Boar’s Bridge Festival


Our first Boar’s Bridge!

This music festival has been running annually for six years, and takes place in the beautiful grounds of Boar’s Bridge House near Basingstoke in Hampshire. ‘Music Festival’ may conjure up images of pyramid tents, mud, alternative therapy stalls and loud, very loud music. Well this one is a lot less frenetic than that. Although there is amplification and a ‘main stage’, there are alternative therapies, side stalls and an acoustic tent, so there are parallels with other, more famous festivals.

The basic form of music is ‘folk’, although images of be-beaded, sandalled pre-hippies with one finger stuck in the ear, wailing in a plaintive voice about bad things happening is very far from the reality. Folk can encompass many forms and volumes from the quiet introspective to the frankly raucous and quite ‘rocky’ but in the case of this festival, includes pure folk, pseudo classical, bluegrass, pop, rock, blues, Motown; basically you name it, it’s there. My wife Fran and I arrived on Friday evening 20th June, and after a few hellos to people I know, including the organiser Lynne, we set up our camp and the lovely flat field provided for that purpose. Quite a few of the attendees come from two folk/acoustic clubs: The Windmill, which meets weekly at the Tweseldown pub in Aldershot, and Poppies which meets in Yateley monthly on a Friday. Lynne and Mike who organise Boars Bridge have been doing so improving it year on year and praying for decent weather which they got this year for the first time since 2011. It was hot and sunny, and the sales of the local beer in the ‘other’ marquee were very high. Food was also available, kept simply to burgers and chilli, both meat and veggie. We put up our ‘tent’ which attaches to my van, a Mazda Bongo:

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This makes for a very comfortable setup and enables us to detach the van and drive away, although we didn’t do that on this occasion. The ‘main stage’ isn’t however a pyramid, just a humble marquee:

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…which had enough room for everyone to sit down and enjoy the performances, spread over the Saturday and Sunday.

The programme:

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…contained the comprehensive running order from the likes of Stuart Tester, a favourite at the Tweseldown, to The Stomping Nomads, an almost rock-like band, through Gary Paine’s Blossom Hill Bluegrass band, which includes his dad Don, who is 80, to our hosts who played in their group Tudor Lodge, made up of Lynne and John Cee Stannard. There were 30 acts, including Serpentyne a morris dancing group, who roped in innocent bystanders to perform through to some excellent performers including Jim McClean, No Small Thing and Steve Donnelly. There are far too many others for them all to get a mention, but needless to say all were professional, consummate musicians and singers who really knew how to put on show. These included: Bram Taylor who’s been a professional, touring musician for over 40 years, Terry St Clair, who is also not in the first flush of youth, and Mike Silver who produced an excellent set.

In the ‘other marquee’, Mike Hayller (Krabbers) and his beau Caroline set up a Buskers ‘no mic’ Corner, where anyone with an instrument, a voice and/or a song could wait their turn and do a set, usually two numbers or if no one was waiting, a few more. This was mainly for those ‘folkies’ who didn’t aspire to the main stage, and who normally performed as a floor act in one of the clubs. Mike and Caroline organised it superbly, in fact some of the main acts came through and took their turn, whether to warm up, or just to entertain a smaller audience we’ll never know. At one point on the Sunday there seemed to be more performers than there were on the main stage, but because that was amplified it could always drown out the buskers. It was great fun and again a wide range of material, played on guitar, banjo, ukelele, fiddle, mandolin, recorder (the wooden kind!), cajon, squeeze box, and most quirkily of all, a hurdy-gurdy! An absolutely brilliant idea which worked well. Hats off to Mike and Caroline.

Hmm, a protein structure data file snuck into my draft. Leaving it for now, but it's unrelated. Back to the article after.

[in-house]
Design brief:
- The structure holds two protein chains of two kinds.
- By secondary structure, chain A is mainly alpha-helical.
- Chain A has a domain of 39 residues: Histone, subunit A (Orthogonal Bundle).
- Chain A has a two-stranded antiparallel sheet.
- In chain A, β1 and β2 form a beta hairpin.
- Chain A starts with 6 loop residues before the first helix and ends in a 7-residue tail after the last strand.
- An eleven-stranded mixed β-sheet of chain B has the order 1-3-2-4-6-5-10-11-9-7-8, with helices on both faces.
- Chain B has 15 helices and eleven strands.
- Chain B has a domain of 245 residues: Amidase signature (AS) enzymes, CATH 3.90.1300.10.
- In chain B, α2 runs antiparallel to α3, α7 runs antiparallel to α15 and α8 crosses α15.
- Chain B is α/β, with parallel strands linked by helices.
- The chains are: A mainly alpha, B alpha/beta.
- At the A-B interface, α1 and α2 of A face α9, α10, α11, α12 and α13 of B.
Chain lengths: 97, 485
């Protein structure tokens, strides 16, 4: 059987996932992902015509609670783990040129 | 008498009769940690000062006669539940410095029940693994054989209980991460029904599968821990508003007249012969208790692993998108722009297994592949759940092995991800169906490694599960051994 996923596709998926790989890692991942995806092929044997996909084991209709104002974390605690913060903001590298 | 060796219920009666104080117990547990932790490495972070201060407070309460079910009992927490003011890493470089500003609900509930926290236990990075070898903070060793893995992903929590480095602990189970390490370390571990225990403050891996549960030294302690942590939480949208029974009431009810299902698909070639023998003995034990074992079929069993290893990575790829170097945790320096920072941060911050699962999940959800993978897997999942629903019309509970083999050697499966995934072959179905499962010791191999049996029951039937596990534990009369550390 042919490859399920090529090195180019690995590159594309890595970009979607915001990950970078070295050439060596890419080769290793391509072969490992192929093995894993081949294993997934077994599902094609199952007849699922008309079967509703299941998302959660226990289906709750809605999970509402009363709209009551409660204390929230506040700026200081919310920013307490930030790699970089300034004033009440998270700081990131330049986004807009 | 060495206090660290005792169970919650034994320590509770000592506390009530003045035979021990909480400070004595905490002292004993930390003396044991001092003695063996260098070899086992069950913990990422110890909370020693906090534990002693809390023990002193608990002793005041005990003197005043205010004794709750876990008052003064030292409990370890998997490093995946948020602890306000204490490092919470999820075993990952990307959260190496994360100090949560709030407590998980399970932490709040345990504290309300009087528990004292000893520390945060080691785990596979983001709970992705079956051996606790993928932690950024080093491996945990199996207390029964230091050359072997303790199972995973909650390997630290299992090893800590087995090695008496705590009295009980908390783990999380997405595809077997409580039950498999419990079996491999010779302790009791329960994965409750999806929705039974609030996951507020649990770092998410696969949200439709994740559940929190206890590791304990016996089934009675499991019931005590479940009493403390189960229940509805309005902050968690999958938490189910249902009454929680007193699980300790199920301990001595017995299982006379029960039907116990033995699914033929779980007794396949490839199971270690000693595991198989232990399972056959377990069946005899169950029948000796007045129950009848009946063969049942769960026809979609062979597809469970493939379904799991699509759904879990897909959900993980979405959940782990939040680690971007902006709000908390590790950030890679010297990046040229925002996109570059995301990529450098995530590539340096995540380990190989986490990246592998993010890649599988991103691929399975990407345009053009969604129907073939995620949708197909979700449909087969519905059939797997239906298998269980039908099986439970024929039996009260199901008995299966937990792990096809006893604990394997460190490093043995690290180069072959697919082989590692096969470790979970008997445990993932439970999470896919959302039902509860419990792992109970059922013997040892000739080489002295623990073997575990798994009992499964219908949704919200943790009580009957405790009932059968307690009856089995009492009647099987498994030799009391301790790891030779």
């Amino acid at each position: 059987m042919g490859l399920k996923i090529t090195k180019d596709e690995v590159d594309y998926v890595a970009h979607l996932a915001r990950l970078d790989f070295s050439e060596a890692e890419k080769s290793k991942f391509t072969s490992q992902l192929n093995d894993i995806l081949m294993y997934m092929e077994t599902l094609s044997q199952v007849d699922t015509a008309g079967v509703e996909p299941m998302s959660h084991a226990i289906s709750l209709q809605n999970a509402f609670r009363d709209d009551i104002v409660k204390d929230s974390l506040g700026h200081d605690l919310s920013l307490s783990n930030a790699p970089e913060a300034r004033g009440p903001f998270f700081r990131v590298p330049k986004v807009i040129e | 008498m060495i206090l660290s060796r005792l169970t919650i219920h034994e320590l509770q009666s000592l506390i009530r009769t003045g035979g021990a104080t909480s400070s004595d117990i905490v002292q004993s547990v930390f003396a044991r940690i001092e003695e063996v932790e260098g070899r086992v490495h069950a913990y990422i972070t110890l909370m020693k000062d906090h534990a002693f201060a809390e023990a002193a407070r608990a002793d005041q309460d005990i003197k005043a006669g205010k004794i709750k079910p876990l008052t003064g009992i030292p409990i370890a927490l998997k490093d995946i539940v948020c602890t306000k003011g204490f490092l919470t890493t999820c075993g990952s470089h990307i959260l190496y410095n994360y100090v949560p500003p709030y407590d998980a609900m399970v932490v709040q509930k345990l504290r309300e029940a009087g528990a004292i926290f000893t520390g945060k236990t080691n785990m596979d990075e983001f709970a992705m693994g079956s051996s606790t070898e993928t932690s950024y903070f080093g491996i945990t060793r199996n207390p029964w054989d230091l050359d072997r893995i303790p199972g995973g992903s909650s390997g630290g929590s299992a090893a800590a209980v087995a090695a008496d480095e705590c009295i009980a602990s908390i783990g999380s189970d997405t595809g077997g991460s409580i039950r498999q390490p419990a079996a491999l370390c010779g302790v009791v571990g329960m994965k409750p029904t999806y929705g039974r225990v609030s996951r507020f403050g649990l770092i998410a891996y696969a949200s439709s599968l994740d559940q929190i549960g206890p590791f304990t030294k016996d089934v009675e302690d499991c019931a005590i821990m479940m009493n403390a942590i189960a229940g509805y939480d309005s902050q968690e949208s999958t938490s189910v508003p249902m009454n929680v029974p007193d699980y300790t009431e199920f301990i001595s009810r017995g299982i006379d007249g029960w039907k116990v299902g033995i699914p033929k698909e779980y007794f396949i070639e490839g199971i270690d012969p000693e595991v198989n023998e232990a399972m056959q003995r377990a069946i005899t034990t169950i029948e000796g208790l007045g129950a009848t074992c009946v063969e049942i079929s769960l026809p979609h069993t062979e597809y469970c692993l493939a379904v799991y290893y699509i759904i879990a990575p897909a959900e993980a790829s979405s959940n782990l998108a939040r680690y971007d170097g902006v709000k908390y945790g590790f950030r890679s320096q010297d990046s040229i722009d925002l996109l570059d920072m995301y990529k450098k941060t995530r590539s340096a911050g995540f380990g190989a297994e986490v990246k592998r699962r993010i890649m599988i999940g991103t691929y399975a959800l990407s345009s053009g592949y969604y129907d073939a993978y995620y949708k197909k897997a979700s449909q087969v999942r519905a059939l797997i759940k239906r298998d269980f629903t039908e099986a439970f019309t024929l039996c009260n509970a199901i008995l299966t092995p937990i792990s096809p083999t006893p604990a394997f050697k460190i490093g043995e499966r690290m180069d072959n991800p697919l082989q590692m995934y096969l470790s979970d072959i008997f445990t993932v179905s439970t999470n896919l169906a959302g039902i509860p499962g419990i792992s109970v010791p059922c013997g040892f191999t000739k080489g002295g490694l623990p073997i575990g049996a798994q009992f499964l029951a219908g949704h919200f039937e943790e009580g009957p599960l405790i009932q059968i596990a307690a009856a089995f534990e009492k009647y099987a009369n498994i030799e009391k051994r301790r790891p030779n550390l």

Lynne and Mike, who own Boars Bridge House, made the whole camping experience very easy, with portaloos, fresh water, carp pond:

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…lovely scenery, well kept grounds, horses, wildlife, carp pond, everything for a relaxing time, and everyone played the game and took their rubbish home. There also seemed to be a lot of day visitors too, judging by how full the car park was and some of the eclectic vehicles in it:

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…it’s based on Sierra running gear and a Toyota engine apparently and is yours, a snip at £25000; bargain! The whole point of the weekend was to raise funds for the Berkshire MS charity and it seemed we bettered last years figures, we’ll know soon. The whole event finished with a grand finale in the main tent with about 20 performers on stage from the previous two days. It was a riot, and sent us off on the journey home in high spirits. Everyone who was involved in the planning, execution and partaking of the whole event should be heartily congratulated on a job well done to an extremely high standard.

Roll on next years Boar’s Bridge Festival.

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About cliverh

Retired aerospace engineer, first with the Royal Air Force and then BAE Systems. Now enjoying a variety of activities and not getting bored. I was a Games Maker Volunteer at the London 2012 Olympics and a volunteer at the Rugby World Cup 2015 in England. I intend to blog about what interests me.
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